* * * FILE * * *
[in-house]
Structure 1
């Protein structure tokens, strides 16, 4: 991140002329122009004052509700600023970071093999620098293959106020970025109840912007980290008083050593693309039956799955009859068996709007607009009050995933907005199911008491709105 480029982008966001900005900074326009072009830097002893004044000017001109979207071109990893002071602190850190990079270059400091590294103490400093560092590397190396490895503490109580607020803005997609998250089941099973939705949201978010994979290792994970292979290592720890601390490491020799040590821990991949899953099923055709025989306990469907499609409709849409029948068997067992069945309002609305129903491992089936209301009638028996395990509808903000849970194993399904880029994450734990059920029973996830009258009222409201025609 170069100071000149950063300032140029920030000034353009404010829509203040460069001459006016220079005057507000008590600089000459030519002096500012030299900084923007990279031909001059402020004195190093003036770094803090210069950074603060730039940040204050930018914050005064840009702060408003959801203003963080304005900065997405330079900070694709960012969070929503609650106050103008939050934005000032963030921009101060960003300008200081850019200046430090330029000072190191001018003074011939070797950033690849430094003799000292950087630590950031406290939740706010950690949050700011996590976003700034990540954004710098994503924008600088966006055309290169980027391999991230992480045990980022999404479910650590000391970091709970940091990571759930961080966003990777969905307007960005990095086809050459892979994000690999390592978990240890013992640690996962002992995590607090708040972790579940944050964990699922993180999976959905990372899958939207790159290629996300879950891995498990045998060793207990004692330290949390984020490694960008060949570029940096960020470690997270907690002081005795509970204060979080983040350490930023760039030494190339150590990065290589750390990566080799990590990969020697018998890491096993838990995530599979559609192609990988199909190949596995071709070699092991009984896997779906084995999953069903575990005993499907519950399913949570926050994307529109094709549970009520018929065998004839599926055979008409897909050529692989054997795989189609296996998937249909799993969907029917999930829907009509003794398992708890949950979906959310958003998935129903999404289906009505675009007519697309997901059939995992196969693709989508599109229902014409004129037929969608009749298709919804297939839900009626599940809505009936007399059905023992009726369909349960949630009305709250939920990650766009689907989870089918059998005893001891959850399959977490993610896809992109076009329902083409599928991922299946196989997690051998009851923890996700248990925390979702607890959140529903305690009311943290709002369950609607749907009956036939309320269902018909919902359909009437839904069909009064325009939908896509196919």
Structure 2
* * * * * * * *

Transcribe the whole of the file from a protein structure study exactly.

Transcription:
[in-house]
Structure 1
């Protein structure tokens, strides 16, 4: 991140002329122009004052509700600023970071093999620098293959106020970025109840912007980290008083050593693309039956799955009859068996709007607009009050995933907005199911008491709105 480029982008966001900005900074326009072009830097002893004044000017001109979207071109990893002071602190850190990079270059400091590294103490400093560092590397190396490895503490109580607020803005997609998250089941099973939705949201978010994979290792994970292979290592720890601390490491020799040590821990991949899953099923055709025989306990469907499609409709849409029948068997067992069945309002609305129903491992089936209301009638028996395990509808903000849970194993399904880029994450734990059920029973996830009258009222409201025609 170069100071000149950063300032140029920030000034353009404010829509203040460069001459006016220079005057507000008590600089000459030519002096500012030299900084923007990279031909001059402020004195190093003036770094803090210069950074603060730039940040204050930018914050005064840009702060408003959801203003963080304005900065997405330079900070694709960012969070929503609650106050103008939050934005000032963030921009101060960003300008200081850019200046430090330029000072190191001018003074011939070797950033690849430094003799000292950087630590950031406290939740706010950690949050700011996590976003700034990540954004710098994503924008600088966006055309290169980027391999991230992480045990980022999404479910650590000391970091709970940091990571759930961080966003990777969905307007960005990095086809050459892979994000690999390592978990240890013992640690996962002992995590607090708040972790579940944050964990699922993180999976959905990372899958939207790159290629996300879950891995498990045998060793207990004692330290949390984020490694960008060949570029940096960020470690997270907690002081005795509970204060979080983040350490930023760039030494190339150590990065290589750390990566080799990590990969020697018998890491096993838990995530599979559609192609990988199909190949596995071709070699092991009984896997779906084995999953069903575990005993499907519950399913949570926050994307529109094709549970009520018929065998004839599926055979008409897909050529692989054997795989189609296996998937249909799993969907029917999930829907009509003794398992708890949950979906959310958003998935129903999404289906009505675009007519697309997901059939995992196969693709989508599109229902014409004129037929969608009749298709919804297939839900009626599940809505009936007399059905023992009726369909349960949630009305709250939920990650766009689907989870089918059998005893001891959850399959977490993610896809992109076009329902083409599928991922299946196989997690051998009851923890996700248990925390979702607890959140529903305690009311943290709002369950609607749907009956036939309320269902018909919902359909009437839904069909009064325009939908896509196919």
Structure 2